Diseases like Alzheimer’s are caused when proteins aggregate and clump together. Using atomic force microscopy and infrared spectroscopy, EPFL scientists have successfully distinguished between the disease-causing aggregation forms of proteins. The finding can help change pharmaceutical treatment of neurodegenerative diseases.
LC/MS-MS method enables highly sensitive detection for animal species verification in Halal foods.
UCLA, USA, are combining Raman microscopy with scanning electron microscopy (SEM) to study archaeological textiles and fibres.
Mark Venske has joined Block Engineering as the new Vice President of Sales and Marketing.
Synchrotron X-ray imaging of rocks is heping to save papers of the past.
Using ultrafast spectroscopy EPFL scientists have given a boost for spintronic technologies, showing that electrons can jump through spins much faster than previously thought.
Nano-Spectroscopy and Bio-Imaging is a free-to-attend conference in October 2015 held in Coventry, UK.
Guided Wave has hired Debra Hallto in the position of VP Sales & Marketing.
Laser ablation resonance ionisation mass spectrometry may be the answer to ageing rocks found during space missions to the Moon or other planets.
Silver is often used as a coating on medical equipment used for chemotherapy, but this silver coating can break down drugs. With the help of XPS, researchers have found a graphene coating that will help boost the effect of chemotherapy.
The US Naval Research Laboratory has a new Local Electrode Atom Probe instrument to help in the engineering of new materials.
The Center for Structural Biology and Bioinformatics at the Free University of Brussels (Université Libre de Bruxelles, ULB) has developed expertise in the analysis of biological molecules using infrared spectroscopy. Now, with the help of Scottish microarray instrumentation company, Arrayjet, the Center has integrated microarray technology to speed up and enhance the analysis of bio molecules such as proteins, which are exposed to hundreds of experimental conditions on a single chip using infrared imaging.
X-ray spectroscopy at BESSY II reveals inhomogenous distribution of chlorine in a special class of perovskite materials, which could help enhance efficiencies of perovskite thin film solar cells by controlled processing to optimise the chlorine distribution.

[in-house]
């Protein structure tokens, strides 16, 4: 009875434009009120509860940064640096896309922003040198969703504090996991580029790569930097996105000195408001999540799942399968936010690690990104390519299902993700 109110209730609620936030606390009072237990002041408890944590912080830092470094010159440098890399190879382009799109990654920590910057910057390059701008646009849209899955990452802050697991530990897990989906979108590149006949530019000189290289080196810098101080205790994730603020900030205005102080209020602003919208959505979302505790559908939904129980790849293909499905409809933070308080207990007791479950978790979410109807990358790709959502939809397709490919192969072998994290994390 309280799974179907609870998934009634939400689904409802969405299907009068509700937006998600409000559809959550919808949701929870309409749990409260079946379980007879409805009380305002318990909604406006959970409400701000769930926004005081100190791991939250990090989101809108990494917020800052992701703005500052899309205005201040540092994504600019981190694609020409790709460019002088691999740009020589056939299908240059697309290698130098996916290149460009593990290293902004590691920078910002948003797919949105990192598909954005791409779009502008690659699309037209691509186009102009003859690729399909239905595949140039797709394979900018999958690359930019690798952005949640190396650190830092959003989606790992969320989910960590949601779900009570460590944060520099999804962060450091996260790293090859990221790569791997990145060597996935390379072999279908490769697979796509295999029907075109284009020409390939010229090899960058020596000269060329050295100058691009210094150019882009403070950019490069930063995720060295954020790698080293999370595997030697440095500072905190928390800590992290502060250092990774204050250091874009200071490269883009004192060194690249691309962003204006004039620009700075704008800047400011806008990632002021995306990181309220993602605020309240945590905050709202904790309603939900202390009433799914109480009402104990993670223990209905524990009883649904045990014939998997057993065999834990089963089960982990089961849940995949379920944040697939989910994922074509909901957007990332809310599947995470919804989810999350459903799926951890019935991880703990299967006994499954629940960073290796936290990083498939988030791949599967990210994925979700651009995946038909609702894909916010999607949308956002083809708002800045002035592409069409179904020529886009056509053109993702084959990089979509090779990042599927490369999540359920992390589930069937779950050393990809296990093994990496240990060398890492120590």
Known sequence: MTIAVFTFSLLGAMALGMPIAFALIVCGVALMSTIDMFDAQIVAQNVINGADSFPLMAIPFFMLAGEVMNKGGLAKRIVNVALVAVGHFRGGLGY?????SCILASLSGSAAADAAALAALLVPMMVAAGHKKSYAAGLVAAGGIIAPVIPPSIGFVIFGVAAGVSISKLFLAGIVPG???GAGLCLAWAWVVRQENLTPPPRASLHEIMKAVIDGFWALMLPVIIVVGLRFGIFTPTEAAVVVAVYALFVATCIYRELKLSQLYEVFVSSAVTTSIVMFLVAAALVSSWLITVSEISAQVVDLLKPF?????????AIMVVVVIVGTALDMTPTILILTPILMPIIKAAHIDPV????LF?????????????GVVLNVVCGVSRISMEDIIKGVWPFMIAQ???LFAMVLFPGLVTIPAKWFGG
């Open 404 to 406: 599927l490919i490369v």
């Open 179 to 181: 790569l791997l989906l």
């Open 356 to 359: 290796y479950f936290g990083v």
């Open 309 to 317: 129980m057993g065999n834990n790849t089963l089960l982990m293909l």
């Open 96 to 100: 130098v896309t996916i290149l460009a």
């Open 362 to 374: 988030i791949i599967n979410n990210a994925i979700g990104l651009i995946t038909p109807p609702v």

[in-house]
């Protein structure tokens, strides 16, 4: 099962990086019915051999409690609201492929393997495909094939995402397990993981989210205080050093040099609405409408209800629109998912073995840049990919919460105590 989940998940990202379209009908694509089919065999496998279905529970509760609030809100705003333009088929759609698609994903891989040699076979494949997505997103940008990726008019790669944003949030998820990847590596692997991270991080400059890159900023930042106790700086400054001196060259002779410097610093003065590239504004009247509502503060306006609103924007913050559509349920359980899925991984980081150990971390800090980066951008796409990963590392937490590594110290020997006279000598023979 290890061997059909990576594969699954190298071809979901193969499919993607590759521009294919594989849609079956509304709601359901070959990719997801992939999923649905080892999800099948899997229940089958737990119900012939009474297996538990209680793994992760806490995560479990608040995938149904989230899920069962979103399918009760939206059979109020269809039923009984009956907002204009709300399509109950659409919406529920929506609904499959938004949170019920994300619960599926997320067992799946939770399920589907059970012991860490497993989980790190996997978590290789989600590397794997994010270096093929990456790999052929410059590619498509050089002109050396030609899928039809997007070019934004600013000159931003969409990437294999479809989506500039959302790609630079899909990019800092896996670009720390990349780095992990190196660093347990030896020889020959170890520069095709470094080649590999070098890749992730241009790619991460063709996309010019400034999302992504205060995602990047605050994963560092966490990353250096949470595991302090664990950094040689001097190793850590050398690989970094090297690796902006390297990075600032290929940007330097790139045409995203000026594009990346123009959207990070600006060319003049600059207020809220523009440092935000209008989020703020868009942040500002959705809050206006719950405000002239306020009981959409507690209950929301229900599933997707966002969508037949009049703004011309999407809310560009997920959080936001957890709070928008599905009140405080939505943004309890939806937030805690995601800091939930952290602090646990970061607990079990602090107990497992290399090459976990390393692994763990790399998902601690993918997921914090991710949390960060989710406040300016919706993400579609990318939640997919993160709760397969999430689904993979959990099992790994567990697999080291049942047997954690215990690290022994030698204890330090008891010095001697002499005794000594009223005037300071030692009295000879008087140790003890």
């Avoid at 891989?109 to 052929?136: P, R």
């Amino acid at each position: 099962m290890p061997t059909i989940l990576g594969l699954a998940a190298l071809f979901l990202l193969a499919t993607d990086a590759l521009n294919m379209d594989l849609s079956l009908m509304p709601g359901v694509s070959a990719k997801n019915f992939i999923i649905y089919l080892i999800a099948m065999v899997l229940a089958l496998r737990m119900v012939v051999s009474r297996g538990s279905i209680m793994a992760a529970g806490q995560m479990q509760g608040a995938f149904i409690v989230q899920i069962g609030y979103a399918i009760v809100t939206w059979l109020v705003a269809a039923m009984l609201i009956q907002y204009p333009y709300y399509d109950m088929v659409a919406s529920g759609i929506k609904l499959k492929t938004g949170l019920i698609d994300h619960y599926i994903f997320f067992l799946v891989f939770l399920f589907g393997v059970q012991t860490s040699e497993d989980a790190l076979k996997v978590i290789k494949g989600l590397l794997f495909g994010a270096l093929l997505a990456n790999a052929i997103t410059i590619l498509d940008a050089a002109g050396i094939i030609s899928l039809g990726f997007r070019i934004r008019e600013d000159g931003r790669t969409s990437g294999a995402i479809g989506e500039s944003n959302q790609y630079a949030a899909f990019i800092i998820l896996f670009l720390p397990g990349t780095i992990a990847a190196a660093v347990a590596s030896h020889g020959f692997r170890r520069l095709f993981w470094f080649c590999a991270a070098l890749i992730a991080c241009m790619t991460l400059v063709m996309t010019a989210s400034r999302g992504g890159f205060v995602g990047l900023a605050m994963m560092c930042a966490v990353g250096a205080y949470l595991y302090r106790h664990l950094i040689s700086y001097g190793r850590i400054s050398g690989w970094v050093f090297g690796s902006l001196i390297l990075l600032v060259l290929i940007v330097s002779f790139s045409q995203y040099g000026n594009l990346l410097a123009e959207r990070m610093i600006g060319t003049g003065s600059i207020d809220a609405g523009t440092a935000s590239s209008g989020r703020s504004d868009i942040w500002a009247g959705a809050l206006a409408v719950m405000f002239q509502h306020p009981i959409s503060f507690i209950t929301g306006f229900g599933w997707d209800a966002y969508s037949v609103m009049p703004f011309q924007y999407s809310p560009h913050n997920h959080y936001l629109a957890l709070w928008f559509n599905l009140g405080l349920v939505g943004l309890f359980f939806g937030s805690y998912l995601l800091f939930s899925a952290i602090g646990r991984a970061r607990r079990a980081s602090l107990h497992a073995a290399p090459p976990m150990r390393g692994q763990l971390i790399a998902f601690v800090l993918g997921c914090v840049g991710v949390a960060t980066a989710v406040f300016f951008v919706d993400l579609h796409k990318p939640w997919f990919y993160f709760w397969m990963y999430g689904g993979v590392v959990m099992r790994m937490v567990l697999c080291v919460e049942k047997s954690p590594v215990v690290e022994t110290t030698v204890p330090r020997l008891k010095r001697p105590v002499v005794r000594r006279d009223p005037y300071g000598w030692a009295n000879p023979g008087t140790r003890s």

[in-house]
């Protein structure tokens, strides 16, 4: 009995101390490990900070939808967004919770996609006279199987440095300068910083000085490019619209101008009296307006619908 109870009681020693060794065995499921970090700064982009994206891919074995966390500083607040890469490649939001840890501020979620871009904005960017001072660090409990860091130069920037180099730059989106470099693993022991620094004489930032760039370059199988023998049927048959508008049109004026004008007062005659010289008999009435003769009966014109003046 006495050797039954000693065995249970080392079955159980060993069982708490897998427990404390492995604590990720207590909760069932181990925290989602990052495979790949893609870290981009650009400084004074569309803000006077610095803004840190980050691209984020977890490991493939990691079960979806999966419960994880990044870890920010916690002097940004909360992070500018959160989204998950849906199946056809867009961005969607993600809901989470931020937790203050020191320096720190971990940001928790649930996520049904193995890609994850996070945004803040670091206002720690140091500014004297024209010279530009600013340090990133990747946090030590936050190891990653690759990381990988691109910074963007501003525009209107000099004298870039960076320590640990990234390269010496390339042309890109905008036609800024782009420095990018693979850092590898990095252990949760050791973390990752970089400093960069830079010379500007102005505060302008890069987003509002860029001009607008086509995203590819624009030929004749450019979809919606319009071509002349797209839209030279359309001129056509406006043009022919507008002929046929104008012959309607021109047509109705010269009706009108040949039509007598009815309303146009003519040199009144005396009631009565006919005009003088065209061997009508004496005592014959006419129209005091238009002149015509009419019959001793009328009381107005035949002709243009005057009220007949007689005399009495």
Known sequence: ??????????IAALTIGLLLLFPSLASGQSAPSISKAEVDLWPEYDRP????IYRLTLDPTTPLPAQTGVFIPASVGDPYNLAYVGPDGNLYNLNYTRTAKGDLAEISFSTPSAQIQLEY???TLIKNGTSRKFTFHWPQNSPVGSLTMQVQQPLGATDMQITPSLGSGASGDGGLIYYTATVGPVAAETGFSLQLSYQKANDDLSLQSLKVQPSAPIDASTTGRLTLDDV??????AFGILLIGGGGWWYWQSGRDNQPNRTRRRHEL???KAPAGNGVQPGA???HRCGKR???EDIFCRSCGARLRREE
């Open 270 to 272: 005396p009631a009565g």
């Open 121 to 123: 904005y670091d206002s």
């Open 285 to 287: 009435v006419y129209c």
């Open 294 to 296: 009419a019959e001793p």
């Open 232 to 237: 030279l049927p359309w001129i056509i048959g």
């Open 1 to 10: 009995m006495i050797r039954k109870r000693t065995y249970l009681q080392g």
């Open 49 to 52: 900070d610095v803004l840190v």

Agilent Technologies and the Bioprocessing Technology Institute (BTI), a research institute of Singapore’s Agency for Science, Technology and Research (A*STAR), have announced that they will collaborate on new analytical approaches to analysing specific protein-linked sugar compounds.
Agilent Thought Leader Award supports search for biomarkers to better predict side effects of new medicines.
Berkeley Lab researchers’ novel diffraction spectroscopy technique will provide insight to chemical processes at important battery interface.
NIST has made electron spin resonance useful for exploring tiny objects for the first time, potentially enabling the decades-old technique to spot defects on computer chip surfaces or view the workings of proteins on the surface of cells.
Archaeologists examining late period Mayan containers have identified nicotine traces from a codex-style flask, revealing the first physical evidence of tobacco use by ancient Mayans. The study published in Rapid Communications in Mass Spectrometry (doi: 10.1002/rcm.5339) reveals the flask is marked with Mayan hieroglyphics reading, “y-otoot ’u-may” (“the home of its/his/her tobacco”), making it only the second case to confirm that the text on the exterior of a Mayan vessel corresponds to its ancient use.
A new type of terahertz sensor, that is much faster than competing technologies used to detect and identify hidden objects, has been developed by scientists at the University of Warwick, UK.
As part of around €24.5 million in funding for the next three years, the Deutsche Forschungsgemeinschaft (DFG, German Research Foundation) will establish one new Clinical Research Unit and nine new Research Units. As all DFG Research Units, the new units will collaborate interdisciplinarly and span multiple locations.
Among the new Research Units are three that may be of interest to readers (in alphabetical order by Host University).